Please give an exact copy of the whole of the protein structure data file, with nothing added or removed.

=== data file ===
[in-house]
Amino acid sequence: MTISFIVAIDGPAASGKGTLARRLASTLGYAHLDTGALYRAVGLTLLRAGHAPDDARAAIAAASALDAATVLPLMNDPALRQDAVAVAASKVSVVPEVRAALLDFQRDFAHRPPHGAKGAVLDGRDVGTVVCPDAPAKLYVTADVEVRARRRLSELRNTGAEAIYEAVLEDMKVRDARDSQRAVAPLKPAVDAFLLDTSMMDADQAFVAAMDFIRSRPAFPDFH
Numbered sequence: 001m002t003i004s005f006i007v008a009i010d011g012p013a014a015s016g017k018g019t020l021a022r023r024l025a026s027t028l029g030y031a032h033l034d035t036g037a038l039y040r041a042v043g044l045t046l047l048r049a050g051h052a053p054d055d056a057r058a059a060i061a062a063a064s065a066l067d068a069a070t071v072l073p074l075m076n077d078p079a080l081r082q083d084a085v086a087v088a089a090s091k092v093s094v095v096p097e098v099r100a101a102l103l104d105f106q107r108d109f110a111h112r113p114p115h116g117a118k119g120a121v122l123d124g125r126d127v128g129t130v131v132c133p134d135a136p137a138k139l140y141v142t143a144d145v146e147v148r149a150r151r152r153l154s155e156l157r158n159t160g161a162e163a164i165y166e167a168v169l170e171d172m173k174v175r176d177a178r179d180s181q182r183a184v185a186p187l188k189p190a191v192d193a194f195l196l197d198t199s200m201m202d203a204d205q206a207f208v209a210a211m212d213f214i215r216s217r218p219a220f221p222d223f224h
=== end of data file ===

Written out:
[in-house]
Amino acid sequence: MTISFIVAIDGPAASGKGTLARRLASTLGYAHLDTGALYRAVGLTLLRAGHAPDDARAAIAAASALDAATVLPLMNDPALRQDAVAVAASKVSVVPEVRAALLDFQRDFAHRPPHGAKGAVLDGRDVGTVVCPDAPAKLYVTADVEVRARRRLSELRNTGAEAIYEAVLEDMKVRDARDSQRAVAPLKPAVDAFLLDTSMMDADQAFVAAMDFIRSRPAFPDFH
Numbered sequence: 001m002t003i004s005f006i007v008a009i010d011g012p013a014a015s016g017k018g019t020l021a022r023r024l025a026s027t028l029g030y031a032h033l034d035t036g037a038l039y040r041a042v043g044l045t046l047l048r049a050g051h052a053p054d055d056a057r058a059a060i061a062a063a064s065a066l067d068a069a070t071v072l073p074l075m076n077d078p079a080l081r082q083d084a085v086a087v088a089a090s091k092v093s094v095v096p097e098v099r100a101a102l103l104d105f106q107r108d109f110a111h112r113p114p115h116g117a118k119g120a121v122l123d124g125r126d127v128g129t130v131v132c133p134d135a136p137a138k139l140y141v142t143a144d145v146e147v148r149a150r151r152r153l154s155e156l157r158n159t160g161a162e163a164i165y166e167a168v169l170e171d172m173k174v175r176d177a178r179d180s181q182r183a184v185a186p187l188k189p190a191v192d193a194f195l196l197d198t199s200m201m202d203a204d205q206a207f208v209a210a211m212d213f214i215r216s217r218p219a220f221p222d223f224h